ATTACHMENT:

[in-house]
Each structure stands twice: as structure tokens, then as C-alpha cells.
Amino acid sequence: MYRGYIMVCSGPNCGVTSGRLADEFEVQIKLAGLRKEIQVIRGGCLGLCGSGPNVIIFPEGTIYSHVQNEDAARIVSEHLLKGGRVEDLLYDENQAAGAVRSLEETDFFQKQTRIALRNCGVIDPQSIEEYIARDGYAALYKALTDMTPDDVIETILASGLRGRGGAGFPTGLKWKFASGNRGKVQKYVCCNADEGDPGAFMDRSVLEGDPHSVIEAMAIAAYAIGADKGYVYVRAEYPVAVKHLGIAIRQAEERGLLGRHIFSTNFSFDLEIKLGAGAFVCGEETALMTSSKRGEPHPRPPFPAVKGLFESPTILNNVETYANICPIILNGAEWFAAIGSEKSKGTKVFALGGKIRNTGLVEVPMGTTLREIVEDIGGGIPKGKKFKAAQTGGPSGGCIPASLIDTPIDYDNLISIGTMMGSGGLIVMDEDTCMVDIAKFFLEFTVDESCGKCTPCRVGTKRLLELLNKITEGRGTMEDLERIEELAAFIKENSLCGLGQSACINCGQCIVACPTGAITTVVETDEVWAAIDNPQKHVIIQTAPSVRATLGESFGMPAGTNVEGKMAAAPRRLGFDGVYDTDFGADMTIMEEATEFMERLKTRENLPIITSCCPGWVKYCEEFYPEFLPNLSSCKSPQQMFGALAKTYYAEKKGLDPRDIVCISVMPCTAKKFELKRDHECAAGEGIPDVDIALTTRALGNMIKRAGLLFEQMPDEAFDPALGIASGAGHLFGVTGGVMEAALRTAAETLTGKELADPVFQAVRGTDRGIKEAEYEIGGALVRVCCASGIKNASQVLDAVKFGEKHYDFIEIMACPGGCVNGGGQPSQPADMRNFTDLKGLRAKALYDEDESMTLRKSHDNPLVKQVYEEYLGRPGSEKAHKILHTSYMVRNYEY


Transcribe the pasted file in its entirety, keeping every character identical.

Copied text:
[in-house]
Each structure stands twice: as structure tokens, then as C-alpha cells.
Amino acid sequence: MYRGYIMVCSGPNCGVTSGRLADEFEVQIKLAGLRKEIQVIRGGCLGLCGSGPNVIIFPEGTIYSHVQNEDAARIVSEHLLKGGRVEDLLYDENQAAGAVRSLEETDFFQKQTRIALRNCGVIDPQSIEEYIARDGYAALYKALTDMTPDDVIETILASGLRGRGGAGFPTGLKWKFASGNRGKVQKYVCCNADEGDPGAFMDRSVLEGDPHSVIEAMAIAAYAIGADKGYVYVRAEYPVAVKHLGIAIRQAEERGLLGRHIFSTNFSFDLEIKLGAGAFVCGEETALMTSSKRGEPHPRPPFPAVKGLFESPTILNNVETYANICPIILNGAEWFAAIGSEKSKGTKVFALGGKIRNTGLVEVPMGTTLREIVEDIGGGIPKGKKFKAAQTGGPSGGCIPASLIDTPIDYDNLISIGTMMGSGGLIVMDEDTCMVDIAKFFLEFTVDESCGKCTPCRVGTKRLLELLNKITEGRGTMEDLERIEELAAFIKENSLCGLGQSACINCGQCIVACPTGAITTVVETDEVWAAIDNPQKHVIIQTAPSVRATLGESFGMPAGTNVEGKMAAAPRRLGFDGVYDTDFGADMTIMEEATEFMERLKTRENLPIITSCCPGWVKYCEEFYPEFLPNLSSCKSPQQMFGALAKTYYAEKKGLDPRDIVCISVMPCTAKKFELKRDHECAAGEGIPDVDIALTTRALGNMIKRAGLLFEQMPDEAFDPALGIASGAGHLFGVTGGVMEAALRTAAETLTGKELADPVFQAVRGTDRGIKEAEYEIGGALVRVCCASGIKNASQVLDAVKFGEKHYDFIEIMACPGGCVNGGGQPSQPADMRNFTDLKGLRAKALYDEDESMTLRKSHDNPLVKQVYEEYLGRPGSEKAHKILHTSYMVRNYEY